Understanding how your assets are distributed after your death

… And why making a will is crucial

The recent High Court case of The Estate of John William Scarle Deceased v The Estate of Marjorie Ann Scarle Deceased demonstrates the difficulties step-children often find themselves in on the death of their parent.


Police found husband and wife, John and Marjorie Scarle deceased in their home in Essex on 11 October 2016 after neighbours and family members became suspicious. Their estates comprised their property which they held as joint tenants and a joint bank account. John’s daughter, Ann Winter and Marjorie’s daughter, Deborah Cutler each claimed that their parent was the second to die in order to inherit their parent’s estate.

Why does it matter who was the first to die?

On the death of one of the owners of jointly held assets, the asset passes to the survivor independently of the terms of any will they may have made. For example, if John predeceased Marjorie his interest in the property and bank account would have passed to her and on her death, the assets would form part of her estate and vice versa.

Given John and Marjorie were both found at the same time, their daughters asked the High Court to decide who died first to determine whether Ann or Deborah would inherit the property and joint bank account.

What did the Court decide?

The Judge held that because there was no evidence conclusive as to whom of John and Marjorie died first, John was presumed to have died first. Where two or more people have died in circumstances rendering it uncertain which of them survived the other, there is a legal presumption that the deaths occurred in order of seniority.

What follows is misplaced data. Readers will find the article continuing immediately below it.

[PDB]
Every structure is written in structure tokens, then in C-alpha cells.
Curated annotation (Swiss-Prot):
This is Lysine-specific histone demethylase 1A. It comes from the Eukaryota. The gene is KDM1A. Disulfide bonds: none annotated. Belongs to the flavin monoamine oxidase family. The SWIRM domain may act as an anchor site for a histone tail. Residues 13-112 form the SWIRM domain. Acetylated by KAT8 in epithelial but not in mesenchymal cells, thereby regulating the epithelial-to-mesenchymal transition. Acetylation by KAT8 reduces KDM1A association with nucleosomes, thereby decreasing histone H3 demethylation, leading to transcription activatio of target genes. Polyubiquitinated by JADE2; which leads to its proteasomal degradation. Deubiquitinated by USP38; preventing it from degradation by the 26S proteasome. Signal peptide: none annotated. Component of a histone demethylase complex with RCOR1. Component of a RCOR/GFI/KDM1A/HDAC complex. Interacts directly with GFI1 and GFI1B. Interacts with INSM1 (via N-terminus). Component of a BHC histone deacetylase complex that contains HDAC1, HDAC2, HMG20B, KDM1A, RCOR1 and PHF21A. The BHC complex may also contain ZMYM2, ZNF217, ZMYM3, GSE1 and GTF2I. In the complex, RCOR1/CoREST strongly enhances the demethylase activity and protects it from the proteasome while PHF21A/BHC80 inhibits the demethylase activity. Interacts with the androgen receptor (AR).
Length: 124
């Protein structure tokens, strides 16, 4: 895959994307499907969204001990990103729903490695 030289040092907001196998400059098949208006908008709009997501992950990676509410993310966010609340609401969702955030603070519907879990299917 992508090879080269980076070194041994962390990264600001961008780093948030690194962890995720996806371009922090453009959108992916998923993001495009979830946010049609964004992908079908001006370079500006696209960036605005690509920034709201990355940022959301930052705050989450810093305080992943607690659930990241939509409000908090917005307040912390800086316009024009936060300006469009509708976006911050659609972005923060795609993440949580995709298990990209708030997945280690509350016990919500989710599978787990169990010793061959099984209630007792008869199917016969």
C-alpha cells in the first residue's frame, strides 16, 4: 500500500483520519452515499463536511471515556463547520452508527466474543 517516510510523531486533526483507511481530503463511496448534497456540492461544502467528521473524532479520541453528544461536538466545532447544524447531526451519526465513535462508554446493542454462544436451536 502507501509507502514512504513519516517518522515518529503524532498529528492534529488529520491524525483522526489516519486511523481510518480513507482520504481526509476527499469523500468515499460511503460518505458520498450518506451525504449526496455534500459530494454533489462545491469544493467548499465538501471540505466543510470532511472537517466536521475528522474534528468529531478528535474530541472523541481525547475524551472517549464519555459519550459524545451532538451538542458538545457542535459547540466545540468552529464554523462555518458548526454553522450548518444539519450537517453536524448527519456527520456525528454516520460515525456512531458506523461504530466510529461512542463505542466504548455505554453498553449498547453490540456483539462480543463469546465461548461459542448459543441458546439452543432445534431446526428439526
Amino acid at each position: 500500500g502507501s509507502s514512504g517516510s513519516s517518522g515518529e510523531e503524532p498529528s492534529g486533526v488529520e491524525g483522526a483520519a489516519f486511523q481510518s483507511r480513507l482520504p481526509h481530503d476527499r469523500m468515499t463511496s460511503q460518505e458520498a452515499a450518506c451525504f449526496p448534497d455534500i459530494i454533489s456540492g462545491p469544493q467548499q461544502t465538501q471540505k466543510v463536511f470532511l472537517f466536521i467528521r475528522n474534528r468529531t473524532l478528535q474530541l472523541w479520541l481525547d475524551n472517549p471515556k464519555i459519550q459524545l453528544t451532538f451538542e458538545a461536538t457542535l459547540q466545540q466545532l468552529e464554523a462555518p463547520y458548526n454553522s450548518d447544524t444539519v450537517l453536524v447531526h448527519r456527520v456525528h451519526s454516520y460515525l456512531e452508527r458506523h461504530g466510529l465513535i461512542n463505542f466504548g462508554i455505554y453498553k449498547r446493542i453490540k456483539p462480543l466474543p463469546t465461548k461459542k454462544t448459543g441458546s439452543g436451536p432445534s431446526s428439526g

Ann was ordered to pay legal costs in the region of £179,000 because the judge decided in favour of Deborah.  During proceedings Deborah made an offer to settle the matter on the basis that they split the estate equally. Had Ann accepted such an offer, she would have received approximately £150,000 –  as opposed to being left to pay substantial legal costs.

Could the dispute have been avoided?

If the property was held by John and Marjorie as tenants in common as opposed to joint tenants, then their share of the property would have passed in accordance with the terms of their will or the laws of intestacy as opposed to the survivor automatically. This does not necessarily mean that there would have been no dispute as claims for financial provision could still be made against estates by classes of people including spouses, cohabitants, children and step children, even where a will has been made.

In order to limit the risk of claims being made it is crucial to ensure that consideration is given to how a property is jointly owned and that a will has been prepared by a solicitor.

All too often people prepare their own wills or have a will prepared online at limited cost, for their family to later discover that it does not conform with the required formalities (and can be set aside), or that the will does not actually reflect the testator’s wishes.

This inevitably causes problems that the family are left to deal with whilst coming to terms with the loss of a loved one.

For information about wills, disputed wills and estates, contact Lauren Greenham on 01227 763939.